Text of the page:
“It will always be in the north.” The Nevada Museum home to the John C. Fremont Cannon
RENO, Nev. (KOLO) - There’s a place here in Northern Nevada where we can check out the real Fremont Cannon in person. The Nevada State Museum is now home to the cannon.
Most know the Fremont Cannon as the Nevada-UNLV matchup trophy to travel north and south each football season, but the history of the trophy is far from the football field.
Almost 200 years old, this artillery traveled alongside American explorer John C. Fremont right here in the Sierras.
Dr. Gene Hattori, Curative Anthropology at the Nevada State Museum, shared how the cannon came to be,
“This cannon was made in 1836 in Boston and again one of twelve that was made for the U.S. Army. It’s serial number three so it’s the third of the twelve cannons that were made for the army.”
Dr. Josh Bonde, Director of the museum, mentioned what it’s like to have such a historic artifact on display,
“The cannon is at ground level, kids can come, they can stare right down the barrel of it, it’s not loaded and they can see what an actual icon of western history, Nevada history, is just within arms reach.”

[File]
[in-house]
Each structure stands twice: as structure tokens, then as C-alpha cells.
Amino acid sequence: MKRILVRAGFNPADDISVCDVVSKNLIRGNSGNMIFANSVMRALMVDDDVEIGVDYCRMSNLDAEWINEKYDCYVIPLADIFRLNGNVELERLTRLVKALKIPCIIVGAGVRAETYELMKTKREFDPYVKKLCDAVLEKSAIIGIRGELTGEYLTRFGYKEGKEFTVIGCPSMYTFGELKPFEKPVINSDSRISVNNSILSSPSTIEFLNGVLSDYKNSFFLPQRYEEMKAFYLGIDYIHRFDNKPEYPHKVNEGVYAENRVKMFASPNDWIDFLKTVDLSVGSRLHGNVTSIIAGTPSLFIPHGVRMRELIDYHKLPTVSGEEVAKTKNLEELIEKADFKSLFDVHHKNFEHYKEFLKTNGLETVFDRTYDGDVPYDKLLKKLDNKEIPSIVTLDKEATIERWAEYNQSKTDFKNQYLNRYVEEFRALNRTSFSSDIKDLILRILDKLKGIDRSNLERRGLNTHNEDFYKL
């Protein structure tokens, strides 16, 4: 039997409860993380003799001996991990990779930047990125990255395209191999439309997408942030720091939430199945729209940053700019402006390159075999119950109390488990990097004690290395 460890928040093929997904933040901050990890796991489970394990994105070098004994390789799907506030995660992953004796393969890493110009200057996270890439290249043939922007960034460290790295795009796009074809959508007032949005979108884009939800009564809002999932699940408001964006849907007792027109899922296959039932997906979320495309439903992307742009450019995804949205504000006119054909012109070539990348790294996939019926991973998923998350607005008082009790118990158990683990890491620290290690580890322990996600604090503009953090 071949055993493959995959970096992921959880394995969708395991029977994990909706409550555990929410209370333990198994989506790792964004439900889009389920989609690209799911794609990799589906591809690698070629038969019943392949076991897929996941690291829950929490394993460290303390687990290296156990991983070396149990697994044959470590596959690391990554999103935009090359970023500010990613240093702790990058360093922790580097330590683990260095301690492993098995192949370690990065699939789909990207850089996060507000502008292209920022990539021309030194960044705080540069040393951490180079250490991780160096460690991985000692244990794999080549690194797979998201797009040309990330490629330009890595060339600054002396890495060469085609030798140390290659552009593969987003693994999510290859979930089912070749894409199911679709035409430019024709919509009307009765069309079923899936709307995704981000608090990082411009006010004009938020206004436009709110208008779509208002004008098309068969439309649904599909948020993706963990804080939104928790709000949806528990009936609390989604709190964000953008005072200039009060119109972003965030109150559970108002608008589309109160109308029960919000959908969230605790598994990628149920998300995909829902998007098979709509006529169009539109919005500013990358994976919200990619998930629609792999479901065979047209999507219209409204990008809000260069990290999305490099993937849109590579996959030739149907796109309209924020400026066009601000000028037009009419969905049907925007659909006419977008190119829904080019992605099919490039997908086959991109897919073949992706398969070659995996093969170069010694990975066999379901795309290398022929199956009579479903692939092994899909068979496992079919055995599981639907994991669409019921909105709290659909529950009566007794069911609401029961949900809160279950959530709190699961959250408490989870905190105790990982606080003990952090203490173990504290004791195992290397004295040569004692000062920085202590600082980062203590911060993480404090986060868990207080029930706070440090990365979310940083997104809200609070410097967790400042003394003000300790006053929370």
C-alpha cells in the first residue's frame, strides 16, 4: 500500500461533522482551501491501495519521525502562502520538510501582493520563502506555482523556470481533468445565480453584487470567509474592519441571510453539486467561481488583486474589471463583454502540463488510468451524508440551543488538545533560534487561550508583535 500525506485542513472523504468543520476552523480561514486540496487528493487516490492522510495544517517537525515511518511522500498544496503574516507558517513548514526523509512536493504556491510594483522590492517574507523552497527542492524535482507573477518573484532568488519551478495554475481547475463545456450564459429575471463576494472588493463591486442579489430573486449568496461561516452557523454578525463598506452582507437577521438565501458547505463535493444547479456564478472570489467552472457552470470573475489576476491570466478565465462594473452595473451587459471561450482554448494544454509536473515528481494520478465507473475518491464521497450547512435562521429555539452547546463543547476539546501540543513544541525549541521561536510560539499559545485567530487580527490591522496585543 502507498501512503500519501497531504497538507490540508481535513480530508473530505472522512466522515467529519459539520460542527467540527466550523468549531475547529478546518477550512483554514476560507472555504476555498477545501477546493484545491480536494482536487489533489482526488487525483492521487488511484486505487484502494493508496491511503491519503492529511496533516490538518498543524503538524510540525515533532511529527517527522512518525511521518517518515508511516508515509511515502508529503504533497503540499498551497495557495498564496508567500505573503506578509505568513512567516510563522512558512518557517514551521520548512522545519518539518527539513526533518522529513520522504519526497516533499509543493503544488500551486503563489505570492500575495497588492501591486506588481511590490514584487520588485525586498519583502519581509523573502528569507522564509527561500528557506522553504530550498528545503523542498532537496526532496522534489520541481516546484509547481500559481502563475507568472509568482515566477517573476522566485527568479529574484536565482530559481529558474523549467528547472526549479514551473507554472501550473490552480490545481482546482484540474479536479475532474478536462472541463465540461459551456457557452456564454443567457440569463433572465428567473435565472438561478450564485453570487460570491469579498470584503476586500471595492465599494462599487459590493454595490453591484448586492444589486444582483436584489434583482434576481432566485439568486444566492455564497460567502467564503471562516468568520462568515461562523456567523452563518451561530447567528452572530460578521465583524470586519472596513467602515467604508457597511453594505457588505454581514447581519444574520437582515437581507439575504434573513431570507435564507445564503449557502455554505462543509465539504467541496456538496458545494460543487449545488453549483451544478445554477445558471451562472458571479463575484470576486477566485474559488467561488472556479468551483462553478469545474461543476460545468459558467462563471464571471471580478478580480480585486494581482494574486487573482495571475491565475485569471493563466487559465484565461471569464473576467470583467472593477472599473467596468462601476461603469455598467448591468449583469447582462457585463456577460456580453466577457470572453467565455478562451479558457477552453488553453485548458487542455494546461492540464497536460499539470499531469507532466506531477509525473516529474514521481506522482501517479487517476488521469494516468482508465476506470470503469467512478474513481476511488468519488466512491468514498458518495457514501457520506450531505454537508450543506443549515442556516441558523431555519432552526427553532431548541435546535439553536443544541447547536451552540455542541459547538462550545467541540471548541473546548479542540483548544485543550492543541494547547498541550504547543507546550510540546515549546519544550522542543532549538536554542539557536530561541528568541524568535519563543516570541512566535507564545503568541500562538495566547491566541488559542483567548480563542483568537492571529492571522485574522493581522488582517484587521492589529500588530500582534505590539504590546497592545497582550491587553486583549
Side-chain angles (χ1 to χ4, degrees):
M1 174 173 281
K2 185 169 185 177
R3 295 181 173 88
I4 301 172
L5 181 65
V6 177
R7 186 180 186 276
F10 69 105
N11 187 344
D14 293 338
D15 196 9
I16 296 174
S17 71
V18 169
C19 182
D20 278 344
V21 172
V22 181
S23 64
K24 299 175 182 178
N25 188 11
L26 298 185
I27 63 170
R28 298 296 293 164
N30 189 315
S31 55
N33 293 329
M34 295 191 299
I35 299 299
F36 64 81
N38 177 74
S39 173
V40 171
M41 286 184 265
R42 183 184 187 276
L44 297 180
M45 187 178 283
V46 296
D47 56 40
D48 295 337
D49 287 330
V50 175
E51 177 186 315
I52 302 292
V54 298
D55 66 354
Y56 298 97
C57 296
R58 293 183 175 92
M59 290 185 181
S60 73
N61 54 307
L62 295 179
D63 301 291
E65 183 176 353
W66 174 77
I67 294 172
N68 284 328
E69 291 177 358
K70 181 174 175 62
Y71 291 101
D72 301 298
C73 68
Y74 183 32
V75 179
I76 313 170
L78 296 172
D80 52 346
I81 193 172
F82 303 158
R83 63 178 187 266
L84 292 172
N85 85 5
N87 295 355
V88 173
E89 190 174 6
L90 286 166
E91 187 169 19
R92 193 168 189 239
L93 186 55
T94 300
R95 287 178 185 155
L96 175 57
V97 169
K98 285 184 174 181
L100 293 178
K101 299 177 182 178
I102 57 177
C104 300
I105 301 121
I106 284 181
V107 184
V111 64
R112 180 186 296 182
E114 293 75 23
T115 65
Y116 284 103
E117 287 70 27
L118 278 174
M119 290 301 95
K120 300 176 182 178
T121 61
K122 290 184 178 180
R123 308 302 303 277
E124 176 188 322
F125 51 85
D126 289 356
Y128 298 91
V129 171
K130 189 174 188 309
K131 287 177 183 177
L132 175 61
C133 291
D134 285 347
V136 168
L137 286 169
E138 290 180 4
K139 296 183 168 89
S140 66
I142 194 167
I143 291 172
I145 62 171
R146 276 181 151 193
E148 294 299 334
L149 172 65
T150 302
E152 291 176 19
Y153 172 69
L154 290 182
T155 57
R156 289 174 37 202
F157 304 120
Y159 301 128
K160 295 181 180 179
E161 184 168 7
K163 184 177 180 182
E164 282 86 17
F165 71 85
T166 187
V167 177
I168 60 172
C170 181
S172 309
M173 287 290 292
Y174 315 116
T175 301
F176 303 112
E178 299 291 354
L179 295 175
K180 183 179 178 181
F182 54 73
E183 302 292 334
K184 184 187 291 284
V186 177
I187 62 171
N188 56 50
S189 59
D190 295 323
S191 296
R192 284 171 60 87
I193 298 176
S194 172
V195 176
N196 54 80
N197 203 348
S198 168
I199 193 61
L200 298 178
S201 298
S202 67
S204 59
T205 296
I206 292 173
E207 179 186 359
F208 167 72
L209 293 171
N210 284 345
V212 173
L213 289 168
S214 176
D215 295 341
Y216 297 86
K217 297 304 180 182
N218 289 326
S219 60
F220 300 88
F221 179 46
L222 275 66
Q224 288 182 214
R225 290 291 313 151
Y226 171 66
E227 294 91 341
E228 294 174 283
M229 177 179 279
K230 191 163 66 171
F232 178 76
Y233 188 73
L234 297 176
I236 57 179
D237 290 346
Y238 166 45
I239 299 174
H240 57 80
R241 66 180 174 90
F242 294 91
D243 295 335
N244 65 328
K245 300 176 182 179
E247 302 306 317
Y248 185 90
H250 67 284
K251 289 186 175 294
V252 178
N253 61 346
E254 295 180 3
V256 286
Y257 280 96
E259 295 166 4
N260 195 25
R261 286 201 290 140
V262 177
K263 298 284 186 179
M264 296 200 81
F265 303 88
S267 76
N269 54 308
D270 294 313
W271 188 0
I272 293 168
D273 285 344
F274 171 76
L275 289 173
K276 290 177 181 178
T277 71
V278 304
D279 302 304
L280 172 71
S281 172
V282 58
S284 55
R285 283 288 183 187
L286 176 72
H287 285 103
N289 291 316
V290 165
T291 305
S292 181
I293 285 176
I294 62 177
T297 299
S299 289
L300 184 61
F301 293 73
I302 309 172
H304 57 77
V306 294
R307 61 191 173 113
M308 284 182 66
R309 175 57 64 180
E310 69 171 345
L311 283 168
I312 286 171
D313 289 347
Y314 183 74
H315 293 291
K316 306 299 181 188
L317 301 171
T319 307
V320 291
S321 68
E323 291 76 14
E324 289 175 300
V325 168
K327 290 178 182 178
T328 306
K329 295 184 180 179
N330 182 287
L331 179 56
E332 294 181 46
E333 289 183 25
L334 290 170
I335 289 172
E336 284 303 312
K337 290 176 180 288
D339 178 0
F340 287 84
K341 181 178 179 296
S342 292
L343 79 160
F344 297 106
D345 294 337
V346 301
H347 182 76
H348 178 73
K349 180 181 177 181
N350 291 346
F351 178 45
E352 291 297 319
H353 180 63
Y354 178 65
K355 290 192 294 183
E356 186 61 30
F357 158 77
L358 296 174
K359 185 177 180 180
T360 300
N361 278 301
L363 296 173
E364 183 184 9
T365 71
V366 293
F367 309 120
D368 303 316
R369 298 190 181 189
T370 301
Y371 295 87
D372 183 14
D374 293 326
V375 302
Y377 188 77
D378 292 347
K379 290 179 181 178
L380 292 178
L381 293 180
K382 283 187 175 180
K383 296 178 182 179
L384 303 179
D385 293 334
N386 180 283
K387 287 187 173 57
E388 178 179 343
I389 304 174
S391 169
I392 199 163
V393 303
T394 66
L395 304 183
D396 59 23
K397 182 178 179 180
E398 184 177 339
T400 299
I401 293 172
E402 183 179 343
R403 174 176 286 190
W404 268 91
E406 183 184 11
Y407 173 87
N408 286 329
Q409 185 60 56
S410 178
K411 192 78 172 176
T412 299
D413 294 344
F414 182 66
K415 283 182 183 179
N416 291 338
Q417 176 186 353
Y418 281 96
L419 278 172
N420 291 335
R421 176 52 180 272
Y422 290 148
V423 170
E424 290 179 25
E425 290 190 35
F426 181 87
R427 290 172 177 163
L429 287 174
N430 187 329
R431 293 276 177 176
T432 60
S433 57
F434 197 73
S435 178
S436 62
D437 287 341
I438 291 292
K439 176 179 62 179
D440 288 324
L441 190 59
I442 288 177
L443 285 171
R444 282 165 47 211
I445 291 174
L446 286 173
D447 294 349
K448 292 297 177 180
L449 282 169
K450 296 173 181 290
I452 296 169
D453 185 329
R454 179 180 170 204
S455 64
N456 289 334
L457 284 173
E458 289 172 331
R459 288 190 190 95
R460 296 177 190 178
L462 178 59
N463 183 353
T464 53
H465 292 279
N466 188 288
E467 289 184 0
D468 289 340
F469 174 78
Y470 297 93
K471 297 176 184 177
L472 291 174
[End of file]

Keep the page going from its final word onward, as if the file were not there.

The Fremont Cannon was a type of experimental artillery piece. It was lost after Fremont left it in the Sierra Nevada snow.
Hundreds of years later, it has been featured in museums in Oregon and even in Las Vegas. It is now is officially back at the Nevada State Museum.
“This is almost undoubtedly the original Fremont Cannon. It fired projectiles. What you see here are two of the projectiles that have been fired. On the left is a canister round. This was filled with 148 led balls up to half an inch in diameter. The projectile on the right was the cannonball.”
Not only is this artifact an important part of exploration in our basin, but when it comes to the Fremont Cannon Trophy, the replica is the largest in college football history.
So whether it be a cannon a part of historic exploration or an icon of sports victory, The Nevada State Museum had this to say to fire back,
“For us the north-south rivalry we have both dr. Bonde and I are UNR graduates, it’s great to have it here in Nevada, representing the entire state, but it’s staying in the north for the foreseeable future,” Dr. Hattori said
" I remember when I was a walk-on to the football team and going into the field house and seeing the trophy cannon painted blue. It r eally looked beautiful, and I’m hoping it stays blue, but like Dr. Hattori said, the actual cannon will always be in the north,” Dr. Bonde said.
The museum is open Wednesday through Sunday.
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